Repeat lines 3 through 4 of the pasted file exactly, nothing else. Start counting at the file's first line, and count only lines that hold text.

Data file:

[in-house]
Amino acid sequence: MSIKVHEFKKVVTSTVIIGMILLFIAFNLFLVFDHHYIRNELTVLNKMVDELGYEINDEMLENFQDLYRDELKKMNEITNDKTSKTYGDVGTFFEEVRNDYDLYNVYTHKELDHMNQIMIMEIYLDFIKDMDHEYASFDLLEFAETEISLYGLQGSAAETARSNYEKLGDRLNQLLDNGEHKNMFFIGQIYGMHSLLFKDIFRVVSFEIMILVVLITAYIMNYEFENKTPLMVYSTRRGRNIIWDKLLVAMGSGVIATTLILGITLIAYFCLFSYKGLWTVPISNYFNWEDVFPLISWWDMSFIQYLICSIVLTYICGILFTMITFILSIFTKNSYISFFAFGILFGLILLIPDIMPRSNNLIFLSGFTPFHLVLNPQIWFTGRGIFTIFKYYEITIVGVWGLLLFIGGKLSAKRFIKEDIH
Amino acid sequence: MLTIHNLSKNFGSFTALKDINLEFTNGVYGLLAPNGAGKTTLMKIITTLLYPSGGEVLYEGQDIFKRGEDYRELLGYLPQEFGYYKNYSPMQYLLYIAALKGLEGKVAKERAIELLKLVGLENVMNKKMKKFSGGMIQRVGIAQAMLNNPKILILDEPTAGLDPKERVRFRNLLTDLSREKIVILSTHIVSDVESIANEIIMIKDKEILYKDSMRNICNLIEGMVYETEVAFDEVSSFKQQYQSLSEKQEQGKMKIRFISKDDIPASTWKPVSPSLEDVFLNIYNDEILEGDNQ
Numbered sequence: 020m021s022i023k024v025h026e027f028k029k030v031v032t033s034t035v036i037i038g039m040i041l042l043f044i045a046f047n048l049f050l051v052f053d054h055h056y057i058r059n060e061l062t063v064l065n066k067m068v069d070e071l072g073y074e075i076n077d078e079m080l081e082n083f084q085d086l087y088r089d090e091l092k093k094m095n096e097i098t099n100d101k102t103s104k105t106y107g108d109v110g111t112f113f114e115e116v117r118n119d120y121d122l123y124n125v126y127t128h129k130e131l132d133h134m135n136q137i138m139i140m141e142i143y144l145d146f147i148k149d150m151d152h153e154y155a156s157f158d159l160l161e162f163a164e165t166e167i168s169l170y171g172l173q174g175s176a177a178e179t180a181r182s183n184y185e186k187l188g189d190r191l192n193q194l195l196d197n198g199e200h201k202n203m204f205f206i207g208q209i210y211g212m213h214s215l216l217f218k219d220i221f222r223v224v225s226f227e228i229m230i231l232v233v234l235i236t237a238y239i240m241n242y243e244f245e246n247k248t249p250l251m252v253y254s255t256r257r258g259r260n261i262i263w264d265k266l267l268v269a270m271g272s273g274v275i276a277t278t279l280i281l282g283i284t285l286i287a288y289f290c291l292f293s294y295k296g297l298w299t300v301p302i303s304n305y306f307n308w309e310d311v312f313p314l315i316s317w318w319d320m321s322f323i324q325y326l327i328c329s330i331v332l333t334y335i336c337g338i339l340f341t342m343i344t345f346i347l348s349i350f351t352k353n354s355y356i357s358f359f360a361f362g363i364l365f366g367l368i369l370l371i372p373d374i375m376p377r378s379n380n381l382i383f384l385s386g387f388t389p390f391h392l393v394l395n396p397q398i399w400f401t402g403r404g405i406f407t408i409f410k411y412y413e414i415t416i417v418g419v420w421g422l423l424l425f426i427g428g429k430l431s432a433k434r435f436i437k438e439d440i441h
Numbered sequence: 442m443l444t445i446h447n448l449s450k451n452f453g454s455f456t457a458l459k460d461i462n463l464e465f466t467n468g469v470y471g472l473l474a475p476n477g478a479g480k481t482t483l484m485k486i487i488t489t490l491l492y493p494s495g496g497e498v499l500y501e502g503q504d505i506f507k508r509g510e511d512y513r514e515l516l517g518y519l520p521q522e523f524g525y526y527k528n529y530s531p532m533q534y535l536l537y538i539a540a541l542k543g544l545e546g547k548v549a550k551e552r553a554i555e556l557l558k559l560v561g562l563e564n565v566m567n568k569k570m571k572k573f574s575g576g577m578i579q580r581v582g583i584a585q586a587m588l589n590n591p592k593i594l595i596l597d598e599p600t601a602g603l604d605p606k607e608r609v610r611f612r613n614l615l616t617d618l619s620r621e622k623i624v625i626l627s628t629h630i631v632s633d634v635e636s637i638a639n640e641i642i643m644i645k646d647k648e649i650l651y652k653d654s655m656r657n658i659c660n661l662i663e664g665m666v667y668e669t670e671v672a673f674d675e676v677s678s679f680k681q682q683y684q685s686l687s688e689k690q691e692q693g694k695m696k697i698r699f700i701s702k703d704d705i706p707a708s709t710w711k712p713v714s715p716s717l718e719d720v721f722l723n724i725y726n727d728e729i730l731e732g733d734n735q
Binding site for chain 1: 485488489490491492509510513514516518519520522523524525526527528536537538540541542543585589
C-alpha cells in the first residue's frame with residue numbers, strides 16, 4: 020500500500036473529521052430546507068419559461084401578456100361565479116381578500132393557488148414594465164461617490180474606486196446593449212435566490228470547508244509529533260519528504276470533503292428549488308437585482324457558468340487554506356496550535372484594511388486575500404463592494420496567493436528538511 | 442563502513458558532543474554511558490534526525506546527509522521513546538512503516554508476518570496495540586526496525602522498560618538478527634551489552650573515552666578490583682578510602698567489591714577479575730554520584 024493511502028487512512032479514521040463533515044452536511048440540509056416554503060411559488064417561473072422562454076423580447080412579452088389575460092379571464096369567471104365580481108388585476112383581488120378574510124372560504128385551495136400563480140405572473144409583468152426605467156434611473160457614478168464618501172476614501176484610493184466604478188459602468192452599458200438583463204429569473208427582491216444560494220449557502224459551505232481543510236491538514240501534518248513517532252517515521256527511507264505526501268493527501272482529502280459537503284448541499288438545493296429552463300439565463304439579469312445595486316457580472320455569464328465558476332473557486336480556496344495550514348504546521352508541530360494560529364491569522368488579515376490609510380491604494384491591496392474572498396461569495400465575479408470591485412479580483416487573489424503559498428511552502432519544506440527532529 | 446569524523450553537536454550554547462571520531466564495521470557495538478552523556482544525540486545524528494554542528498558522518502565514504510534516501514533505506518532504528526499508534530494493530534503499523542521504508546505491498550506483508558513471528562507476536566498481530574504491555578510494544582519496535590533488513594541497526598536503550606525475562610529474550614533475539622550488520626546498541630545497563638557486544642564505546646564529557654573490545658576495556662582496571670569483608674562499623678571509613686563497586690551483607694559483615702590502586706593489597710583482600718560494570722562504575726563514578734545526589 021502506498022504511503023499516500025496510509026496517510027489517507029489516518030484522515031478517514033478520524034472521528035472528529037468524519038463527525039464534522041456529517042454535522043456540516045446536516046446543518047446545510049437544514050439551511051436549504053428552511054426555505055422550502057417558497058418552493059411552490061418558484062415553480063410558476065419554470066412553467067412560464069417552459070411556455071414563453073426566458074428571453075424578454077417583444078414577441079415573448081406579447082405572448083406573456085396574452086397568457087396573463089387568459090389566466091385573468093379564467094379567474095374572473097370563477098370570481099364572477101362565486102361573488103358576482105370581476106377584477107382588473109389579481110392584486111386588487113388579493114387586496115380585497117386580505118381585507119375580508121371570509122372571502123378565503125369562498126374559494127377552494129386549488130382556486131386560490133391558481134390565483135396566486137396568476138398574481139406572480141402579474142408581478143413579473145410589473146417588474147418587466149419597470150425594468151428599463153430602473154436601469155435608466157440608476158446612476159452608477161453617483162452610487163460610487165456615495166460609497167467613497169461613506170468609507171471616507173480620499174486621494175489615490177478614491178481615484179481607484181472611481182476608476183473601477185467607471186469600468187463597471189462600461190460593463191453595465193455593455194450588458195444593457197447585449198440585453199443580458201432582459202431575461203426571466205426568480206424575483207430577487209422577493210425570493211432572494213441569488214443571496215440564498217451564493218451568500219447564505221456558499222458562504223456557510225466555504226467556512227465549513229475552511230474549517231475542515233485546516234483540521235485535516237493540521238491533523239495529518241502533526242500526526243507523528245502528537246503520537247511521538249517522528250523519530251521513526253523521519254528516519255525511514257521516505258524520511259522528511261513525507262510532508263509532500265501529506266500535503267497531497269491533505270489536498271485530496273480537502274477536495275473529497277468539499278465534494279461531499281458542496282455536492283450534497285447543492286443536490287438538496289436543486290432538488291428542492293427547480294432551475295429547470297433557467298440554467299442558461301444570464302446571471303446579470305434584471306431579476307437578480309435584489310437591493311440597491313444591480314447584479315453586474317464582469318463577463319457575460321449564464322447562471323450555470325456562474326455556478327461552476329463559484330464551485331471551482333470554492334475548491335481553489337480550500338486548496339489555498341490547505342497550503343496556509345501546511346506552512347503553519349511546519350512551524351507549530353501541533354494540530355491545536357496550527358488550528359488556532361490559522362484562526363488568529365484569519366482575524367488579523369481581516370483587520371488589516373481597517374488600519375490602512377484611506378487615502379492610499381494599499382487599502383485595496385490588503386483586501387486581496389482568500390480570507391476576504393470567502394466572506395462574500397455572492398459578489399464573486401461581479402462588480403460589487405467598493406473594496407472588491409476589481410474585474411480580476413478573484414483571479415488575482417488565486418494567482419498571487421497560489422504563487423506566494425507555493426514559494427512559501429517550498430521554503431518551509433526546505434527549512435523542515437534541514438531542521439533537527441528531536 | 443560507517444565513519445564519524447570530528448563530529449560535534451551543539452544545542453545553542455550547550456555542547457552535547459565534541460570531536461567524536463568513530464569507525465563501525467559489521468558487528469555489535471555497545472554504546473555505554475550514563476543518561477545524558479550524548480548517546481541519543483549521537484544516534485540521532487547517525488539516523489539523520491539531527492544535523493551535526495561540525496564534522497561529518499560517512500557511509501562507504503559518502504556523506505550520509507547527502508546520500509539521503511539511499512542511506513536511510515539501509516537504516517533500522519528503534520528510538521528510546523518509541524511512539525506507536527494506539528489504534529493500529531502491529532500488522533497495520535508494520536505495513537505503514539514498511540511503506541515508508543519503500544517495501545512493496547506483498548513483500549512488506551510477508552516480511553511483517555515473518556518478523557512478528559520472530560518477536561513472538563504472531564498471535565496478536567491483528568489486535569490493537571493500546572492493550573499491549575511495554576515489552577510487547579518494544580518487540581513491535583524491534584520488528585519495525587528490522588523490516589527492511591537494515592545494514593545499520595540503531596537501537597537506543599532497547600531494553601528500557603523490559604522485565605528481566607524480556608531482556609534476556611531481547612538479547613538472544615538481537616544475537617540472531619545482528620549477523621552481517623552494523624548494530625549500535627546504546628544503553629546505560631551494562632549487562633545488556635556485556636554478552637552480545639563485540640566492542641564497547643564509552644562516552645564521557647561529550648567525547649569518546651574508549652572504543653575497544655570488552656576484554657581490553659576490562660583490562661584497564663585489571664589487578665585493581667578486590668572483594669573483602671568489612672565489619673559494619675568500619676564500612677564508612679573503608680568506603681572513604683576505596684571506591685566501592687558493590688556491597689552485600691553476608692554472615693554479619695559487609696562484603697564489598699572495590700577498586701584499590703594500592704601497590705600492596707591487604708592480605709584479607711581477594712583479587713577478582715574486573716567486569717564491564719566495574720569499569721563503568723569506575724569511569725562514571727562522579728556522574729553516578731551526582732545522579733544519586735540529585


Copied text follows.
Amino acid sequence: MLTIHNLSKNFGSFTALKDINLEFTNGVYGLLAPNGAGKTTLMKIITTLLYPSGGEVLYEGQDIFKRGEDYRELLGYLPQEFGYYKNYSPMQYLLYIAALKGLEGKVAKERAIELLKLVGLENVMNKKMKKFSGGMIQRVGIAQAMLNNPKILILDEPTAGLDPKERVRFRNLLTDLSREKIVILSTHIVSDVESIANEIIMIKDKEILYKDSMRNICNLIEGMVYETEVAFDEVSSFKQQYQSLSEKQEQGKMKIRFISKDDIPASTWKPVSPSLEDVFLNIYNDEILEGDNQ
Numbered sequence: 020m021s022i023k024v025h026e027f028k029k030v031v032t033s034t035v036i037i038g039m040i041l042l043f044i045a046f047n048l049f050l051v052f053d054h055h056y057i058r059n060e061l062t063v064l065n066k067m068v069d070e071l072g073y074e075i076n077d078e079m080l081e082n083f084q085d086l087y088r089d090e091l092k093k094m095n096e097i098t099n100d101k102t103s104k105t106y107g108d109v110g111t112f113f114e115e116v117r118n119d120y121d122l123y124n125v126y127t128h129k130e131l132d133h134m135n136q137i138m139i140m141e142i143y144l145d146f147i148k149d150m151d152h153e154y155a156s157f158d159l160l161e162f163a164e165t166e167i168s169l170y171g172l173q174g175s176a177a178e179t180a181r182s183n184y185e186k187l188g189d190r191l192n193q194l195l196d197n198g199e200h201k202n203m204f205f206i207g208q209i210y211g212m213h214s215l216l217f218k219d220i221f222r223v224v225s226f227e228i229m230i231l232v233v234l235i236t237a238y239i240m241n242y243e244f245e246n247k248t249p250l251m252v253y254s255t256r257r258g259r260n261i262i263w264d265k266l267l268v269a270m271g272s273g274v275i276a277t278t279l280i281l282g283i284t285l286i287a288y289f290c291l292f293s294y295k296g297l298w299t300v301p302i303s304n305y306f307n308w309e310d311v312f313p314l315i316s317w318w319d320m321s322f323i324q325y326l327i328c329s330i331v332l333t334y335i336c337g338i339l340f341t342m343i344t345f346i347l348s349i350f351t352k353n354s355y356i357s358f359f360a361f362g363i364l365f366g367l368i369l370l371i372p373d374i375m376p377r378s379n380n381l382i383f384l385s386g387f388t389p390f391h392l393v394l395n396p397q398i399w400f401t402g403r404g405i406f407t408i409f410k411y412y413e414i415t416i417v418g419v420w421g422l423l424l425f426i427g428g429k430l431s432a433k434r435f436i437k438e439d440i441h